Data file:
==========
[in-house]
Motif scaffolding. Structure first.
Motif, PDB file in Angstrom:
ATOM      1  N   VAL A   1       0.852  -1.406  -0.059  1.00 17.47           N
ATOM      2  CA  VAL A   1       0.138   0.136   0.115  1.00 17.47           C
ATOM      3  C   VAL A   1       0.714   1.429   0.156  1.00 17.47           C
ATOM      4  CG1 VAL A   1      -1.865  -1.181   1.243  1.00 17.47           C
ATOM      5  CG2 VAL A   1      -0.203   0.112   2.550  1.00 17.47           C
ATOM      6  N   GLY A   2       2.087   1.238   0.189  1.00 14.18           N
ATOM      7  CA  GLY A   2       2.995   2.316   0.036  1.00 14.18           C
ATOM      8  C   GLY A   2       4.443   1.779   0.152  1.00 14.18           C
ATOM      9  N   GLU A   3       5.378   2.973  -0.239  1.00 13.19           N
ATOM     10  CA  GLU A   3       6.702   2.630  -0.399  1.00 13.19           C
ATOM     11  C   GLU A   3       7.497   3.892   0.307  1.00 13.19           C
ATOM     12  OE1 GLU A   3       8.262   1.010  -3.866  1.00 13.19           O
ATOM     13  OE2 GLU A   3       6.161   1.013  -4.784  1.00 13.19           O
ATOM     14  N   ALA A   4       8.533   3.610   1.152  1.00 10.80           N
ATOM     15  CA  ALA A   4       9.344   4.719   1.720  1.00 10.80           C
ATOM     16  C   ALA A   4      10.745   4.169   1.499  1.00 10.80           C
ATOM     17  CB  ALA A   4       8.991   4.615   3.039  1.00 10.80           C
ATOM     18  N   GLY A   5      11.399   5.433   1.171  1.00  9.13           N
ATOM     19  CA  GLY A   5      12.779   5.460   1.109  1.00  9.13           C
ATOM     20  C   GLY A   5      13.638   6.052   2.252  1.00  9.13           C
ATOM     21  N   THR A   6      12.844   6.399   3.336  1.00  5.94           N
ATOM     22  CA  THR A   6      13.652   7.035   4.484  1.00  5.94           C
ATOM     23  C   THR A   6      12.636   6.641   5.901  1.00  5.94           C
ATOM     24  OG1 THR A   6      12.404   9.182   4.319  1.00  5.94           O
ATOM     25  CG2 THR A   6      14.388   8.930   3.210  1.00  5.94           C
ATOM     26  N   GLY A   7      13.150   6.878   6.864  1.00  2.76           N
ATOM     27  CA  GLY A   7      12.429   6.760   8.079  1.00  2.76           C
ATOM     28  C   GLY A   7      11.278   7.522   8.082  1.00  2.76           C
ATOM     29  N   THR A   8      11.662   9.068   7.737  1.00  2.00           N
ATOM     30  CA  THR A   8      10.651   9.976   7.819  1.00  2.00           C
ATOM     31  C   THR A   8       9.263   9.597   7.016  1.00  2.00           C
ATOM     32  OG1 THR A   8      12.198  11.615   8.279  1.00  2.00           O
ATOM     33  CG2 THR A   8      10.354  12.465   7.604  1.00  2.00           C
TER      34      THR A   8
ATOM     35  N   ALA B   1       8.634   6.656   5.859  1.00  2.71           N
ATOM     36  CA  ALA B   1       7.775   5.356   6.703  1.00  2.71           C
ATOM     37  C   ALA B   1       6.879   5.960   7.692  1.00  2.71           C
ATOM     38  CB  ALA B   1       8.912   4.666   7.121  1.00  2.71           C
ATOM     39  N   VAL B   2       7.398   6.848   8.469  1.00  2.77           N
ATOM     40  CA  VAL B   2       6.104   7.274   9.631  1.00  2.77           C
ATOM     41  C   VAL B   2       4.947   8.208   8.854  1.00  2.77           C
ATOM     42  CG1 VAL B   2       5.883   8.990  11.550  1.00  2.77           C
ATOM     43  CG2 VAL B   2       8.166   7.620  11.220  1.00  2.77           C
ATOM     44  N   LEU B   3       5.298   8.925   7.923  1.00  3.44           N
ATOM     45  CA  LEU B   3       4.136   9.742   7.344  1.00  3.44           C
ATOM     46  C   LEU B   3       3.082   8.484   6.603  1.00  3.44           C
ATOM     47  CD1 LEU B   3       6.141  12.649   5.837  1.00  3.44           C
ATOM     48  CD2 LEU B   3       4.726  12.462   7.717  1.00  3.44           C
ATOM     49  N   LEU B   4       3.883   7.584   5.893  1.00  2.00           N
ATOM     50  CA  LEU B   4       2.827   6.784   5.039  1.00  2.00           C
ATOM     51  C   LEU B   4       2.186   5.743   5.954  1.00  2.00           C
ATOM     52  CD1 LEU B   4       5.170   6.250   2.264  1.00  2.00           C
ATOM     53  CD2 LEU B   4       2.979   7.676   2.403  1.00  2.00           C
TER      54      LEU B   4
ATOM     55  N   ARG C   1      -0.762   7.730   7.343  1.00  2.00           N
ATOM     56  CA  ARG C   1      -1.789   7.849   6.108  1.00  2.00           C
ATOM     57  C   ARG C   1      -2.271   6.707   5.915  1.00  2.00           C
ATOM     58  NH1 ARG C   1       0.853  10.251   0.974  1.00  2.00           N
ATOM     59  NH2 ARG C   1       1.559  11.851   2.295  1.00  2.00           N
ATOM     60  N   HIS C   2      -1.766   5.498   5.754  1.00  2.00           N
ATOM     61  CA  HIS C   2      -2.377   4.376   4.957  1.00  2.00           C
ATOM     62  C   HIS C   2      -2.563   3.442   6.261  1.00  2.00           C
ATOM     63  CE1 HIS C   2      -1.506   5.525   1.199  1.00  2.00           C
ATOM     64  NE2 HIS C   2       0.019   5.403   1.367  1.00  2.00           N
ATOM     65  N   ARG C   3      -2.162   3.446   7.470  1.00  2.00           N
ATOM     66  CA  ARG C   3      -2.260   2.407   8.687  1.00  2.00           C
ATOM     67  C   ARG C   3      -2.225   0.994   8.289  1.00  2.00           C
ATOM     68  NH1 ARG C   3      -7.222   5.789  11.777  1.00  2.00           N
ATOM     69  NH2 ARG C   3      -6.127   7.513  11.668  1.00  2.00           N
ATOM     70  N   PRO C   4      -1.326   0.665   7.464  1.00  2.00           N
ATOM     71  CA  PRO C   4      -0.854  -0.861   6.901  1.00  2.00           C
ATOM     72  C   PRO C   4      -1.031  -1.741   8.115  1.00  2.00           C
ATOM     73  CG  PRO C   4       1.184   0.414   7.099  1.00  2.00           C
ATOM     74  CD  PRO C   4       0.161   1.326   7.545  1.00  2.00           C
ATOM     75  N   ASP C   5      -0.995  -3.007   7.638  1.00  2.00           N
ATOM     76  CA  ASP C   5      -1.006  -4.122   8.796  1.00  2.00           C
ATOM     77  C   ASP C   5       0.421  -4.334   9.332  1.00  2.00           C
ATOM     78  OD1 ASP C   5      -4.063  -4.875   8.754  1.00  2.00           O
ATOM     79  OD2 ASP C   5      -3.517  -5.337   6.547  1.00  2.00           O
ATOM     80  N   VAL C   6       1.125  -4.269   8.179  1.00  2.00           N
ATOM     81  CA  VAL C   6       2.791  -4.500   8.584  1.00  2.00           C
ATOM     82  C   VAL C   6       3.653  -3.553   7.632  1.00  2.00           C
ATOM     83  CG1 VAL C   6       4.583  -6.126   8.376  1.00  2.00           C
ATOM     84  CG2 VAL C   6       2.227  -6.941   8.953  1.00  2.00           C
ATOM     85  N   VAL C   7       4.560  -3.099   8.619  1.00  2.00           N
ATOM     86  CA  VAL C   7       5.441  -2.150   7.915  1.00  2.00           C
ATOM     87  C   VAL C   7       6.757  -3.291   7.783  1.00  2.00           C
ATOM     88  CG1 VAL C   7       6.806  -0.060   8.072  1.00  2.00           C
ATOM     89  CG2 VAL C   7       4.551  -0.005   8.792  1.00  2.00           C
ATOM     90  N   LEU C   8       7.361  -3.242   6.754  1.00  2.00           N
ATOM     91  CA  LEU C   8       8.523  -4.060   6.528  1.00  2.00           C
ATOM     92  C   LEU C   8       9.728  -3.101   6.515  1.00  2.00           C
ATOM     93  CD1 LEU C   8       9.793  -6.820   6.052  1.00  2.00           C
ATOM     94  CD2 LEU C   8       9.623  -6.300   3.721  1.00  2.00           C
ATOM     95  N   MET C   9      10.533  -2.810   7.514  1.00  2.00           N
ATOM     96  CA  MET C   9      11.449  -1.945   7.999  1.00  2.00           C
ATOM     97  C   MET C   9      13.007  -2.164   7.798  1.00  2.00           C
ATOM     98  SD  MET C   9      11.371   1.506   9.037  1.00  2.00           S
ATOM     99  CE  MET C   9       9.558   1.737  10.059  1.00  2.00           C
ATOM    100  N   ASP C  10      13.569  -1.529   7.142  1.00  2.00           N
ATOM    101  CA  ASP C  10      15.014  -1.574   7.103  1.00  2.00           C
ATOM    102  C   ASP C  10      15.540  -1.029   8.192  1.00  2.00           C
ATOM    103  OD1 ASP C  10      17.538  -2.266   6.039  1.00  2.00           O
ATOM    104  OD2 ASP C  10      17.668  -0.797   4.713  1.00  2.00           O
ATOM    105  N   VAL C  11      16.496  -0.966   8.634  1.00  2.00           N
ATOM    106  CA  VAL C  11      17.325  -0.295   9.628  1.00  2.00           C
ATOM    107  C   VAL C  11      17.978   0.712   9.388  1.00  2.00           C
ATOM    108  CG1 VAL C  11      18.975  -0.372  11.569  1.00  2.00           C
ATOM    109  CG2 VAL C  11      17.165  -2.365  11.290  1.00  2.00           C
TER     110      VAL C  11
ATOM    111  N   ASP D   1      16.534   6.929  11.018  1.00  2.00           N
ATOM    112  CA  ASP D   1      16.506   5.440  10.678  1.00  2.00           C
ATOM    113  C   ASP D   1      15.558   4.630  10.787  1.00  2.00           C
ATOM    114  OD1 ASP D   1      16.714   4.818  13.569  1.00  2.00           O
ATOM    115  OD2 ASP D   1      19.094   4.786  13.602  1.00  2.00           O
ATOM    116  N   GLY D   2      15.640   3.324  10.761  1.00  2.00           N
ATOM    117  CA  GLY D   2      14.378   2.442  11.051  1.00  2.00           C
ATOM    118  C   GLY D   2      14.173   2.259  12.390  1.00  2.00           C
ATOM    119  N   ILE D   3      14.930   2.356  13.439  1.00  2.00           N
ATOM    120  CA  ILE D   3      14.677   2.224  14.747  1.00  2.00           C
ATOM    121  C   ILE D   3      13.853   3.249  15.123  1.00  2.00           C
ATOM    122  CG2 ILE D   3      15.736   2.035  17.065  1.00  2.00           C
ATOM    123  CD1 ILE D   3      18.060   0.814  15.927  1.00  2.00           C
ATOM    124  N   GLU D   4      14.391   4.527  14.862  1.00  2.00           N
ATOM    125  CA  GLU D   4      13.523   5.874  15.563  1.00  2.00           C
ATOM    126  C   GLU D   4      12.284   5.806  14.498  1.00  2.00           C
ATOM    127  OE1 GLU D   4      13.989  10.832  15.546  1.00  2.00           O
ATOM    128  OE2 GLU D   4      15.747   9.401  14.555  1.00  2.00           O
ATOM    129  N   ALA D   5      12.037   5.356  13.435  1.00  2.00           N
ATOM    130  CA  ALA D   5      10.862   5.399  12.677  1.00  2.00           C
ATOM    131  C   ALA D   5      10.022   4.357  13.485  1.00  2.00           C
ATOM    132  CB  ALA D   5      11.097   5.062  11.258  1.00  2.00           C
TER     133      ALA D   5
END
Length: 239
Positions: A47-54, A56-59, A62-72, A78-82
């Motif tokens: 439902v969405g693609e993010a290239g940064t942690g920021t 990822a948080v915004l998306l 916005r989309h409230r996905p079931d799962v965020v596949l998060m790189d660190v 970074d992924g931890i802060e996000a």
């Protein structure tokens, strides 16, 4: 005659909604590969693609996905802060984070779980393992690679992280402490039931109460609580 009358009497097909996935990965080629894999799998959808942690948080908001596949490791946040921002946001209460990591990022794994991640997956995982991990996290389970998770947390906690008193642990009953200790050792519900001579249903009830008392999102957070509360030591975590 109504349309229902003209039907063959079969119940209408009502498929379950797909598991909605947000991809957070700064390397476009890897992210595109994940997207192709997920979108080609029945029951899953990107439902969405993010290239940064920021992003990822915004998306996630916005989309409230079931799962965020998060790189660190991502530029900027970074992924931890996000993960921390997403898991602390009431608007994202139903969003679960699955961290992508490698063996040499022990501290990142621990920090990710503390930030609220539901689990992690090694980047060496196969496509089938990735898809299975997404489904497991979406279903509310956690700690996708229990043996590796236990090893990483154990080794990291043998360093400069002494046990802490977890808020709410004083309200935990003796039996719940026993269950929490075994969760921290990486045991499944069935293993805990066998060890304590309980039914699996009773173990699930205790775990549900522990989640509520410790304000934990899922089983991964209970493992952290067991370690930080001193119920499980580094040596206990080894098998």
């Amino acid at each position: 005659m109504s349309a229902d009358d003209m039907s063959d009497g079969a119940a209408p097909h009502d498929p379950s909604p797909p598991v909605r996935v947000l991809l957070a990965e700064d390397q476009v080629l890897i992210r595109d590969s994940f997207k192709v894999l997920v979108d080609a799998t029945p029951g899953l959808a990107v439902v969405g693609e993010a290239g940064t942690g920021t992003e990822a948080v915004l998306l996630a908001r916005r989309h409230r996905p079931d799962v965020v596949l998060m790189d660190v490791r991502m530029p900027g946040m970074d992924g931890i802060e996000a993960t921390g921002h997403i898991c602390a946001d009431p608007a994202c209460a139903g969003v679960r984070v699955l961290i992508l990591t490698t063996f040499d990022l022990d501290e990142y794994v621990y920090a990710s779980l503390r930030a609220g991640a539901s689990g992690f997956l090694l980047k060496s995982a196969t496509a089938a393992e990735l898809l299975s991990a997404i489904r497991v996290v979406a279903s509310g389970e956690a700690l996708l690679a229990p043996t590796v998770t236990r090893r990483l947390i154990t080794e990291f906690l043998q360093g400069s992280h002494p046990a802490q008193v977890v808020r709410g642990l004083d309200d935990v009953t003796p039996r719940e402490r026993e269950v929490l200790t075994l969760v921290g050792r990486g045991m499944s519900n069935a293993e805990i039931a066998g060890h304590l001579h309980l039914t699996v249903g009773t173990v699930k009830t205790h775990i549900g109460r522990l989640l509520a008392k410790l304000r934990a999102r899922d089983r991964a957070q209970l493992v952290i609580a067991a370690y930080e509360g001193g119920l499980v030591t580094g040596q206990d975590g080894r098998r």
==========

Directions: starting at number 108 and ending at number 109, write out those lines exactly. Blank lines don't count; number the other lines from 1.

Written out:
ATOM    105  N   VAL C  11      16.496  -0.966   8.634  1.00  2.00           N
ATOM    106  CA  VAL C  11      17.325  -0.295   9.628  1.00  2.00           C